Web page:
Universal protection against the worst forms of child labour
In 2020, for the first time in the ILO’s history, an International Labour Standard achieved universal ratification, with acceptance by all 187 Member States. Universal ratification of ILO Convention No. 182 on Worst Forms of Child Labour (1999) means that all children now have legal protection against the worst forms of child labour. The landmark achievement comes at a significant moment, because the United Nations has designated 2021 as the International Year for the Elimination of Child Labour. Vera Paquete-Perdigao answers some key questions on child labour and the Convention.
What is the current child labour situation?
Countries have made a lot of progress in the last two decades. Global child labour rates have come down from 246 million children in 2000 to 152 million children in 2016. However, this figure is still very high, particularly as half of these children are in hazardous work, defined as a worst form of child labour. Now, the COVID-19 pandemic threatens to stall or even reverse the progress of the last 20 years. A generation of children is at risk. At this critical moment we must redouble our efforts – in particular to achieve Sustainable Development Goal (SDG) Target 8.7, to end child labour in all its forms by 2025. Policy choices are important, both to safeguard children during this crisis and to make lasting improvements in their situation. Universal access to free education, child protection systems and decent work for parents and youth of working age are key elements for accelerating progress and increasing resilience against future crises.
Why is universal ratification of the Worst Forms of Child Labour Convention, No. 182 significant?
Universal ratification demonstrates a global consensus that the worst forms of child labour have no place in our society. All children now have legal protection against these forms of child labour. Convention 182 filled a critical gap in the international legal framework protecting children’s rights. But this does not mean that the problem has been solved. For that to happen the Convention needs to be fully implemented, everywhere.
What are the worst forms of child labour?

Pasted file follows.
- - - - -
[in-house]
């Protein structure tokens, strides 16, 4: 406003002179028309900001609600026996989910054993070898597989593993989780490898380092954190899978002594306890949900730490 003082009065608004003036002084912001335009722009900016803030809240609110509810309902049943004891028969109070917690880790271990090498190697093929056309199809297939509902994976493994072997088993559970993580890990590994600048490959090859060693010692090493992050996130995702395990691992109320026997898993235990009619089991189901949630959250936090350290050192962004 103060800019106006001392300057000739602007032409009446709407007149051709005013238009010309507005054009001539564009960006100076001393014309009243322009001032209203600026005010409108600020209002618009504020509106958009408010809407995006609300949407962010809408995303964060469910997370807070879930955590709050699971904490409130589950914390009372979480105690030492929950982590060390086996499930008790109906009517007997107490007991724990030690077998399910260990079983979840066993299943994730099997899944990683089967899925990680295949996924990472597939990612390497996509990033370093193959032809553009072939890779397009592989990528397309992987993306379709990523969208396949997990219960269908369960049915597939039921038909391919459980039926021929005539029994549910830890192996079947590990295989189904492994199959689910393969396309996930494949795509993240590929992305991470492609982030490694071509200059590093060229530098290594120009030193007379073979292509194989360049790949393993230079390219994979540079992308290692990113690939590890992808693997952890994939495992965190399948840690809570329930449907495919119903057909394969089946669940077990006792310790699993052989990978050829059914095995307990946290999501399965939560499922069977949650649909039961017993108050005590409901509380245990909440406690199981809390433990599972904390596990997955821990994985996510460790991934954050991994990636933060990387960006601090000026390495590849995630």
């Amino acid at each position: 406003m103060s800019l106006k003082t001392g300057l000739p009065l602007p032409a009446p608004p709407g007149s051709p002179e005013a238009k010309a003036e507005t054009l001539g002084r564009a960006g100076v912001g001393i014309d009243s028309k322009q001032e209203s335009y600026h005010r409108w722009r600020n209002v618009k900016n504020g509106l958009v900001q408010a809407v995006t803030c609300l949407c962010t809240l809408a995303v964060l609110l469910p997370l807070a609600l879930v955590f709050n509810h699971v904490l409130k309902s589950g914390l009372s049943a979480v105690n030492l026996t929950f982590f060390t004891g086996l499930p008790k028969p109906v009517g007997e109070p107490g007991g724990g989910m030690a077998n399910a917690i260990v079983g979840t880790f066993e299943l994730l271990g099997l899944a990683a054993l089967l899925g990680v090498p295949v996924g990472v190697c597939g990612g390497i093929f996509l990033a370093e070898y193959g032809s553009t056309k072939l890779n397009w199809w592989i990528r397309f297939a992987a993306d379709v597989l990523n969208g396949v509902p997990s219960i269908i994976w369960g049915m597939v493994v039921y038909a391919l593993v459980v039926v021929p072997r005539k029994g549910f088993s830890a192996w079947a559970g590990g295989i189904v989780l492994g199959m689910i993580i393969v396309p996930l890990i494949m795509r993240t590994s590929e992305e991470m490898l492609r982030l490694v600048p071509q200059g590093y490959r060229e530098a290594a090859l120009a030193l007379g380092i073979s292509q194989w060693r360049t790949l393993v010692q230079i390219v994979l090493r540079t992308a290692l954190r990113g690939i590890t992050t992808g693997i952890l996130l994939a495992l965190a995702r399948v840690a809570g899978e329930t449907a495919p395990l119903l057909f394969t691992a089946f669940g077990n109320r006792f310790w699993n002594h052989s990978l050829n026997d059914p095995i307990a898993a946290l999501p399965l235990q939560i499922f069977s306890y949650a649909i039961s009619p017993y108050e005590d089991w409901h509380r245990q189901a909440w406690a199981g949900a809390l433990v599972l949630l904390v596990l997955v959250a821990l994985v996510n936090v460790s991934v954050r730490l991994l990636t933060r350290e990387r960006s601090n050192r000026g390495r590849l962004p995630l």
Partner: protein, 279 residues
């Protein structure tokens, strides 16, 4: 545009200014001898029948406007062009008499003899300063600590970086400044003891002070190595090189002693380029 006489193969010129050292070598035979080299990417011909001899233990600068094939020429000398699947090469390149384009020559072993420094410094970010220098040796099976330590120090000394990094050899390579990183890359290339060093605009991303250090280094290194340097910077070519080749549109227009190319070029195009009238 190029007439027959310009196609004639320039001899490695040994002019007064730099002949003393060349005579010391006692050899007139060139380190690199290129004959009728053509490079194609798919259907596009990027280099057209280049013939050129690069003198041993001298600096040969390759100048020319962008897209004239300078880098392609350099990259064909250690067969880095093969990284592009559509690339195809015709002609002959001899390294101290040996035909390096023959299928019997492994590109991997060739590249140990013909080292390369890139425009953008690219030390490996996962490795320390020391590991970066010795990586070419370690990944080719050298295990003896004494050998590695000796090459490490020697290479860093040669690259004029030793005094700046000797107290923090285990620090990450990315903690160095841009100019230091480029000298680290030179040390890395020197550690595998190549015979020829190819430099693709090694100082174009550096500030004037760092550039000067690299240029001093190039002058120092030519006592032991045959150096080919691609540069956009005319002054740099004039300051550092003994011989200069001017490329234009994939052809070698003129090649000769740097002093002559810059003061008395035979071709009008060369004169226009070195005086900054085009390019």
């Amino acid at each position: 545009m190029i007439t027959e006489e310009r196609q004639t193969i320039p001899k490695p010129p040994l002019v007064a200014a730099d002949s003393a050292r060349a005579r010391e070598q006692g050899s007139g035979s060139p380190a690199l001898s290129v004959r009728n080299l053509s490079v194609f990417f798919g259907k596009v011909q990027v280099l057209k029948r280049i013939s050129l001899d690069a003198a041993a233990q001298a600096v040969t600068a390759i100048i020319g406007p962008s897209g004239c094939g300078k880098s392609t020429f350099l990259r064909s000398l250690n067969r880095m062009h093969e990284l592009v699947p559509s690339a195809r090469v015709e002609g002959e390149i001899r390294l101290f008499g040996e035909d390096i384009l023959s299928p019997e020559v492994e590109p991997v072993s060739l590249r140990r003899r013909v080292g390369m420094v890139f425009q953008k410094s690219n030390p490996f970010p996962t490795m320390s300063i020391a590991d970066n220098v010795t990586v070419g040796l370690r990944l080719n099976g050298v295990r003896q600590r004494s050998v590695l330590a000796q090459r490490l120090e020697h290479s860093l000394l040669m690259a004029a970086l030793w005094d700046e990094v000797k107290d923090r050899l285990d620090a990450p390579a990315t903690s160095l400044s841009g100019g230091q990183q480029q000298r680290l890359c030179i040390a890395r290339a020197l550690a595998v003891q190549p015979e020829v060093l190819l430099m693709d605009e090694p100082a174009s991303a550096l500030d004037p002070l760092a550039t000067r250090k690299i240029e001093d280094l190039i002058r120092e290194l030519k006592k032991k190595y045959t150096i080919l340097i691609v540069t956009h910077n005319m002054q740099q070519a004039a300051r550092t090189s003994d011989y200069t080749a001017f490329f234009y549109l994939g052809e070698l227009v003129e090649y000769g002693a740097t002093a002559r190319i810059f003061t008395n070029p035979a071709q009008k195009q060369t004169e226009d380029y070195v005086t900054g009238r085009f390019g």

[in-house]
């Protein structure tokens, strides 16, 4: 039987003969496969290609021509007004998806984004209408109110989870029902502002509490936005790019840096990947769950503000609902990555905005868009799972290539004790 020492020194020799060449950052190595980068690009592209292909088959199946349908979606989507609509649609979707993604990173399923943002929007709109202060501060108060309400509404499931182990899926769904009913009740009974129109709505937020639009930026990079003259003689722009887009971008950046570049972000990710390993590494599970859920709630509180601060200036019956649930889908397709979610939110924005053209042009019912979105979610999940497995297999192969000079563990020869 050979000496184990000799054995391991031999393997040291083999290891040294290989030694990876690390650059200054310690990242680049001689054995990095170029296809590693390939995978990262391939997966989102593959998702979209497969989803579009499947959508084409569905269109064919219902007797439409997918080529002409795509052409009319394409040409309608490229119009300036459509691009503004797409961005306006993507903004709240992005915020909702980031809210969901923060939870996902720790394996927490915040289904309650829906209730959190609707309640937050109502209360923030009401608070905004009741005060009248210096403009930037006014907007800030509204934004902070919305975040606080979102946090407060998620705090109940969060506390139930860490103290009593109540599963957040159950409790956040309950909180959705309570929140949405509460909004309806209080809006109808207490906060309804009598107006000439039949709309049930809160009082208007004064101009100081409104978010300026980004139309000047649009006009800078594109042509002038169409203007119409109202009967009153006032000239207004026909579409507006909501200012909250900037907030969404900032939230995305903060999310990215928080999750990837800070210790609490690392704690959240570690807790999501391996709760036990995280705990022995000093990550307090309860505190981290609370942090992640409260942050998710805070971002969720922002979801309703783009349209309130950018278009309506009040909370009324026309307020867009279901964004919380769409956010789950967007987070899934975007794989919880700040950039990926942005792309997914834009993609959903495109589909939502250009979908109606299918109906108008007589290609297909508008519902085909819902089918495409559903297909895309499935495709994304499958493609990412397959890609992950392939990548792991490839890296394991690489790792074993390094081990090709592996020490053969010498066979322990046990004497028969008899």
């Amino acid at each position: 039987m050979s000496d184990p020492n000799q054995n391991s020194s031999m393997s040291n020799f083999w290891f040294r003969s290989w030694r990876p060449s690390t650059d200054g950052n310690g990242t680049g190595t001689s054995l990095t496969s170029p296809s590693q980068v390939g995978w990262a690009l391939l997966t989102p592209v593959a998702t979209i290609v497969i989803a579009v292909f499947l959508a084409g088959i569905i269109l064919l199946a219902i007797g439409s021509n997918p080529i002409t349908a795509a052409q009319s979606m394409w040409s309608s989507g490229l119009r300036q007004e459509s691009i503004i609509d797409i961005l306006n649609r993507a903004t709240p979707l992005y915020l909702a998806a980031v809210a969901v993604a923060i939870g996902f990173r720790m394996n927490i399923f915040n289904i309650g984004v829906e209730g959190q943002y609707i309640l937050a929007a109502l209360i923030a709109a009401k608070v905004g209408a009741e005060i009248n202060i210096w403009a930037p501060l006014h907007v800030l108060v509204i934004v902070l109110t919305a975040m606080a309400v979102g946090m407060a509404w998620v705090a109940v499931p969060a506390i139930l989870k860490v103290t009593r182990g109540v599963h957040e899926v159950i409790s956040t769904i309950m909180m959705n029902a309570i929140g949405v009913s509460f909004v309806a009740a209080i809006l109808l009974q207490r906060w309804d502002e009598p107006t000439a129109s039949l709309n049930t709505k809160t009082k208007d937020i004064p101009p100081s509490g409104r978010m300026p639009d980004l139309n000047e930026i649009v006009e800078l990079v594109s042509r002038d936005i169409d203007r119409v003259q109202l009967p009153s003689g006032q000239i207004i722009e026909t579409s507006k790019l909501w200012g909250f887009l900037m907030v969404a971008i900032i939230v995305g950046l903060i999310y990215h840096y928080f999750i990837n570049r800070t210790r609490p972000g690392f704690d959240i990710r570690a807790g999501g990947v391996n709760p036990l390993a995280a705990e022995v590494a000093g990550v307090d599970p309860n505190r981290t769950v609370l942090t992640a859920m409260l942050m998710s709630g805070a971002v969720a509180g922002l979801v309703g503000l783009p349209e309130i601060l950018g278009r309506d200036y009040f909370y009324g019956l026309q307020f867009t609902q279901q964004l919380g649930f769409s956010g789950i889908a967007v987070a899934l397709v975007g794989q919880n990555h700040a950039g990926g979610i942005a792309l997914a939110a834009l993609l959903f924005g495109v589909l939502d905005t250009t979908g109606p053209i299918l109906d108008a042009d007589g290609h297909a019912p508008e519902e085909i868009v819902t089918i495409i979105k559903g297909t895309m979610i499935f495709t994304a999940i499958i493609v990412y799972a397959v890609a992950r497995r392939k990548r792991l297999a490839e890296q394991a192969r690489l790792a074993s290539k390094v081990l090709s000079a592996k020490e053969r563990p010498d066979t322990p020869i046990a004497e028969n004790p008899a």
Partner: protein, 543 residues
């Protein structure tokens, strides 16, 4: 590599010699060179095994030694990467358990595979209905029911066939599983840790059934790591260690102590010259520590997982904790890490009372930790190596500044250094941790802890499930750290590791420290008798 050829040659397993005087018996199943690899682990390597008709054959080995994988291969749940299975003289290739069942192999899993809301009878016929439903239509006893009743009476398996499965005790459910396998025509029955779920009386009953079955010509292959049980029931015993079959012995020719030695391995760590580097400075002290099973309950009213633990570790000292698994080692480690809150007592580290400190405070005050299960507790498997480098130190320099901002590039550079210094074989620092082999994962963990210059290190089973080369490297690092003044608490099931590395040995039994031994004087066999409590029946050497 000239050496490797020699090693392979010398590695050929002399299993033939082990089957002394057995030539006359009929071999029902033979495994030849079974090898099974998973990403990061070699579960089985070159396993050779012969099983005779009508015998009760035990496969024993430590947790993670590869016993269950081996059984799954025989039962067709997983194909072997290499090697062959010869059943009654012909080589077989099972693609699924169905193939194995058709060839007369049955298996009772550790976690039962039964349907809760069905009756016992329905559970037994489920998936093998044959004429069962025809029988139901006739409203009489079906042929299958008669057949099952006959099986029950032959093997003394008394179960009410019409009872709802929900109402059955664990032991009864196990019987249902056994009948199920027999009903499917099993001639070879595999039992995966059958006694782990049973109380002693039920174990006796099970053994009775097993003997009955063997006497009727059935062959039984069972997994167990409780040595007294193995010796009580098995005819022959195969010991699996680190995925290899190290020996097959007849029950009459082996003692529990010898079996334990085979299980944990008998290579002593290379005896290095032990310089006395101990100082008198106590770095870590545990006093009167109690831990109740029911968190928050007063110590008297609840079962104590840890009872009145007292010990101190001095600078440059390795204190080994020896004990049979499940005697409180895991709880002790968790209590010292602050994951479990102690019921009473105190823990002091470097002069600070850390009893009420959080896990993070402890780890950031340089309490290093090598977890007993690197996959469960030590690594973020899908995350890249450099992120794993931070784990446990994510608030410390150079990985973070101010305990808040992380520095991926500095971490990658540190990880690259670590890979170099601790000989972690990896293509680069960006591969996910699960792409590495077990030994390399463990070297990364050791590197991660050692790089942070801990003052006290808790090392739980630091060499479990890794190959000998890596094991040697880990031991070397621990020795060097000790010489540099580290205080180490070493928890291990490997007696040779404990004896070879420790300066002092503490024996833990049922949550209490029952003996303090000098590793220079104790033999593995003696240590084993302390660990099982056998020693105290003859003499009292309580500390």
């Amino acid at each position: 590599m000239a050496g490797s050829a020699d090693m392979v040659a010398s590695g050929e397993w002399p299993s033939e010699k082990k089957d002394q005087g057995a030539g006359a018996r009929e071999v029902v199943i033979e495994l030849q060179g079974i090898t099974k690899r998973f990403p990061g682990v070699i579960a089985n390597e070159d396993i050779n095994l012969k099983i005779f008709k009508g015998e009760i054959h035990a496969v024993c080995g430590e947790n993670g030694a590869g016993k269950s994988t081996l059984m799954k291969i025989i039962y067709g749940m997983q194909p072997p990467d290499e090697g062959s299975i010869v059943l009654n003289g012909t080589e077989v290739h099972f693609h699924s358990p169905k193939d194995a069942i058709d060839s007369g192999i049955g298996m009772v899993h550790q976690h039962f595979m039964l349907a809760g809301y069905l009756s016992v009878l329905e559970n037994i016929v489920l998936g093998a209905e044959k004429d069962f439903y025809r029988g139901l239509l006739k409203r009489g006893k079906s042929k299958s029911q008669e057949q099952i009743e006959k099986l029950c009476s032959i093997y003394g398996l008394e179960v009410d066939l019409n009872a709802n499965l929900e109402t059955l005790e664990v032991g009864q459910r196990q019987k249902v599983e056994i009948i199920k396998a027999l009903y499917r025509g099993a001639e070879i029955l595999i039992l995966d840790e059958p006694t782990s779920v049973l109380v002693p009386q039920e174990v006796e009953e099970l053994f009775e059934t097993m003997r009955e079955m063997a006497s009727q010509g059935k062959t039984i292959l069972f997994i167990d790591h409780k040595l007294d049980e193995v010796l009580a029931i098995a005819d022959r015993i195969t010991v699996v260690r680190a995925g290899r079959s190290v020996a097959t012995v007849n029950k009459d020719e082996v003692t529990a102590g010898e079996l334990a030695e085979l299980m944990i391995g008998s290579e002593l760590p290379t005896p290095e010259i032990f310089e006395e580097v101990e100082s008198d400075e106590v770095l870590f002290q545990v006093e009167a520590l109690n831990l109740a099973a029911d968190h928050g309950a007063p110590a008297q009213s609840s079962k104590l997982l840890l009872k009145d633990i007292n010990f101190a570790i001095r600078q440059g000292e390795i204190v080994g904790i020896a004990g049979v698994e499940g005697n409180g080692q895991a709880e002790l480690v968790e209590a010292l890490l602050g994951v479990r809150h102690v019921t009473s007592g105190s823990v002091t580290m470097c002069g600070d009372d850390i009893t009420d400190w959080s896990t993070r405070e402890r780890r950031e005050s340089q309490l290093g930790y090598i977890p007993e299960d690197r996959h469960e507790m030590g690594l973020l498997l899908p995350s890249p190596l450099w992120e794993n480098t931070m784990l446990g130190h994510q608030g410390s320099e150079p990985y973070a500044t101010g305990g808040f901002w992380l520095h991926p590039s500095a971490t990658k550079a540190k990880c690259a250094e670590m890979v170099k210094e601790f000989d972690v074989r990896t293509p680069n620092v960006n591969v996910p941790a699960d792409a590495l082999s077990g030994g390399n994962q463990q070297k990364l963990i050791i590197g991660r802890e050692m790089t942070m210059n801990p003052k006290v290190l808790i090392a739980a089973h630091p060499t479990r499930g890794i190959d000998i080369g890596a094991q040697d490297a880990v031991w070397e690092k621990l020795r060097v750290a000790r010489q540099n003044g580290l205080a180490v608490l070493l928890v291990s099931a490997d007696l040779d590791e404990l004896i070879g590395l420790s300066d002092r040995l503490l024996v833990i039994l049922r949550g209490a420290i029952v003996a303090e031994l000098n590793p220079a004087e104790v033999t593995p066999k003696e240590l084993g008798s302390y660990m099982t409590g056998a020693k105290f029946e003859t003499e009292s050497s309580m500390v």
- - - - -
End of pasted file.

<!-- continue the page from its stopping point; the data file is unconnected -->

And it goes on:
The worst forms of child labour expose children to physical danger and/or profound psychological trauma that can affect them for life. The worst forms of child labour include slavery and similar practices, child prostitution and pornography, illicit activities such as the use of children in drug trafficking, and hazardous work which is likely to harm their health, safety or morals.
How does ratification lead to eradication of these and other forms of child labour in a country?
Ratification puts into motion action to tackle child labour in law and in practice. Countries that ratify commit to bringing their domestic laws and policies in line with the provisions of the Convention. They commit to taking immediate, time-bound measures to prevent the worst forms of child labour, to withdraw children from it and provide them with the necessary rehabilitation and care, with a special focus on girls. In many countries, ratification of this Convention, and ILO Convention No.138 on Minimum Age, has led to the adoption of national action plans on child labour that mobilize whole-of-government responses. There is concrete evidence that this works. In the 20 years since the adoption of Convention 182 we have seen a decline of nearly 40 per cent in child labour and the strengthening of laws and programmes to protect children from child labour across the globe.
How will universal ratification help to eliminate all child labour by 2025?
SDG Target 8.7 is an ambitious goal that can only be achieved by working together, within and across borders. Partnerships such as Alliance 8.7 are helping countries to drive progress towards this target by sharing knowledge, experiences and innovative approaches. The United Nations has declared 2021 to be the International Year for the Elimination of Child Labour. This offers an opportunity to strengthen the worldwide movement against child labour and keep the commitments made with the universal ratification of Convention 182. The V Global Conference on the Elimination of Child Labour in South Africa (2022) will be another milestone to review progress, identify what still needs to be done to achieve a world free of child labour by 2025 and to mobilize all necessary resources to make this a reality.